Japan’s Technical Textile Industry Is Growing Again after Years of Decline19 May 2011 • by Tanya Levdikova
Man-made fibre and technical textile production in Japan rose in 2010 for the first time in several years. Furthermore, it could increase again in the coming years as demand for materials for reconstruction surges following the earthquake and tsunami which hit the north-east of the country in March 2011. On the negative side, the technical textile industry is likely to suffer from lower demand for materials for the Japanese automotive industry as a result of a sharp fall in car production since the earthquake.
These are among the findings in a report in the latest issue of Technical Textile Markets - a quarterly publication from the global business information company Textiles Intelligence Ltd. The report “Statistics: Fibre Consumption for Technical Textiles in Japan, April 2011 Edition” includes statistical data and analysis of the Japanese man-made fibre and technical textile industry under the following headings: man-made fibre production and consumption; man-made fibre consumption for technical applications; and production of technical textiles. It also includes an outlook for the Japanese technical textile industry, and contains a wealth of recently released data for 2010.
Production of synthetic fibres rose by an impressive 21% in 2010, representing the first increase in ten years. Capacity utilisation also rose sharply.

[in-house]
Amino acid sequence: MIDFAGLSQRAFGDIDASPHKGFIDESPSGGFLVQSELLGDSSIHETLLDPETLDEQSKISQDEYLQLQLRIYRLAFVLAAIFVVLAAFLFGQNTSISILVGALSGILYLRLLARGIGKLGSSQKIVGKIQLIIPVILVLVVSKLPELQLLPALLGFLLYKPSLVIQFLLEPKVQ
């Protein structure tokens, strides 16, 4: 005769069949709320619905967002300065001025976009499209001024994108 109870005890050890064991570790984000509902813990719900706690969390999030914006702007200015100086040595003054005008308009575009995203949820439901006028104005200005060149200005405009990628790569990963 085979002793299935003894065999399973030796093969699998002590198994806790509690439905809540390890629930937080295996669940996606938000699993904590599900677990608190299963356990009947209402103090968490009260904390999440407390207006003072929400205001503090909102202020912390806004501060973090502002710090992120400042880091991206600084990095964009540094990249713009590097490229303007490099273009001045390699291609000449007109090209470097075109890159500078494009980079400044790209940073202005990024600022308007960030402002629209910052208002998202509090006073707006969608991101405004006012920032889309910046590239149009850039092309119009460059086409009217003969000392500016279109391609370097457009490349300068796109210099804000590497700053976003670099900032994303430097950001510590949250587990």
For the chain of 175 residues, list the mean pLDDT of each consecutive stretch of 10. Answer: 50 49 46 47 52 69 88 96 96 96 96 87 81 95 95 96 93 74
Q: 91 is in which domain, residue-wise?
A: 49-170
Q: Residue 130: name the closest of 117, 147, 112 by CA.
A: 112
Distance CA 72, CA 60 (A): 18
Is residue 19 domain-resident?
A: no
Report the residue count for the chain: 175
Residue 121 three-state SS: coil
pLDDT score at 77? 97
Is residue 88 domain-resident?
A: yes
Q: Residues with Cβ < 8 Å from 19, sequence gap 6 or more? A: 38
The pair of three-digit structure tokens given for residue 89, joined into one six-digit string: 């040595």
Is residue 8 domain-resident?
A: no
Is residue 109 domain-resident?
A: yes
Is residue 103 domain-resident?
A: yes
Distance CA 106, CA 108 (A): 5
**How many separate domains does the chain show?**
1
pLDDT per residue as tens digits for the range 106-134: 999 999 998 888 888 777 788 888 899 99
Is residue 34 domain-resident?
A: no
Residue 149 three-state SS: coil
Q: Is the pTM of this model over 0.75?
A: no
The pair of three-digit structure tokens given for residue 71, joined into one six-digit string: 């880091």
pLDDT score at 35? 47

Production of nonwoven fabric rose by 11%, industrial textile goods by 5% and spunbonded fabric by 13%. In the case of cellulosic fibres, production rose by 11%, taking output to its highest level since 2002.
Statistics: Fibre Consumption for Technical Textiles in Japan, April 2011 Edition
Published: April 2011
Price: US$ 520.00
To some extent, the recovery in Japanese fibre and technical textile production reflects inventory replenishment following the global economic crisis. In fact the 21% hike in synthetic fibre production in 2010 followed a 24% drop in 2009.
Also, the prospects for 2011 are somewhat uncertain because of the disruption to production caused by earthquake damage and the resulting tsunami in March 2011. More significantly, electricity is in short supply because of the shutdown of the nuclear power plant in Fukushima.
But on the positive side there are likely to be some short-term gains for the industry as reconstruction progresses. This will lead to a significant rise in the demand for technical textiles for buildings and civil engineering projects.
Over the medium to long term, however, such production is unlikely to be sustainable. Instead, the future of the Japanese technical textile industry will lie in the manufacture of niche, value-added fibres owing to growing competition in the case of basic commodity technical textiles from low cost countries such as China. Interestingly, Japanese production of minor synthetic filament yarns -- which include acrylic, aramid, elastane and vinylon -- surged by 155% to a record level in 2010.
More information can be found in the report “Statistics: Fibre Consumption for Technical Textiles in Japan, April 2011 Edition” by Textiles Intelligence Ltd.
Other reports published in the same issue include:
- “Sustainability is Driving Innovation in Nonwovens Technology”,
- “Profile of ILC Dover: a Pioneer in Advanced Textiles for Space and the US Military”,
- “The World Nonwovens Industry: Part 3 of 3;Ten Smaller Producers”,
- “Nanotechnology in Technical Textiles and Apparel”,
- “Global Technical Textiles Business Update, 1st quarter 2011”.
To order the report or ask for sample pages contact firstname.lastname@example.org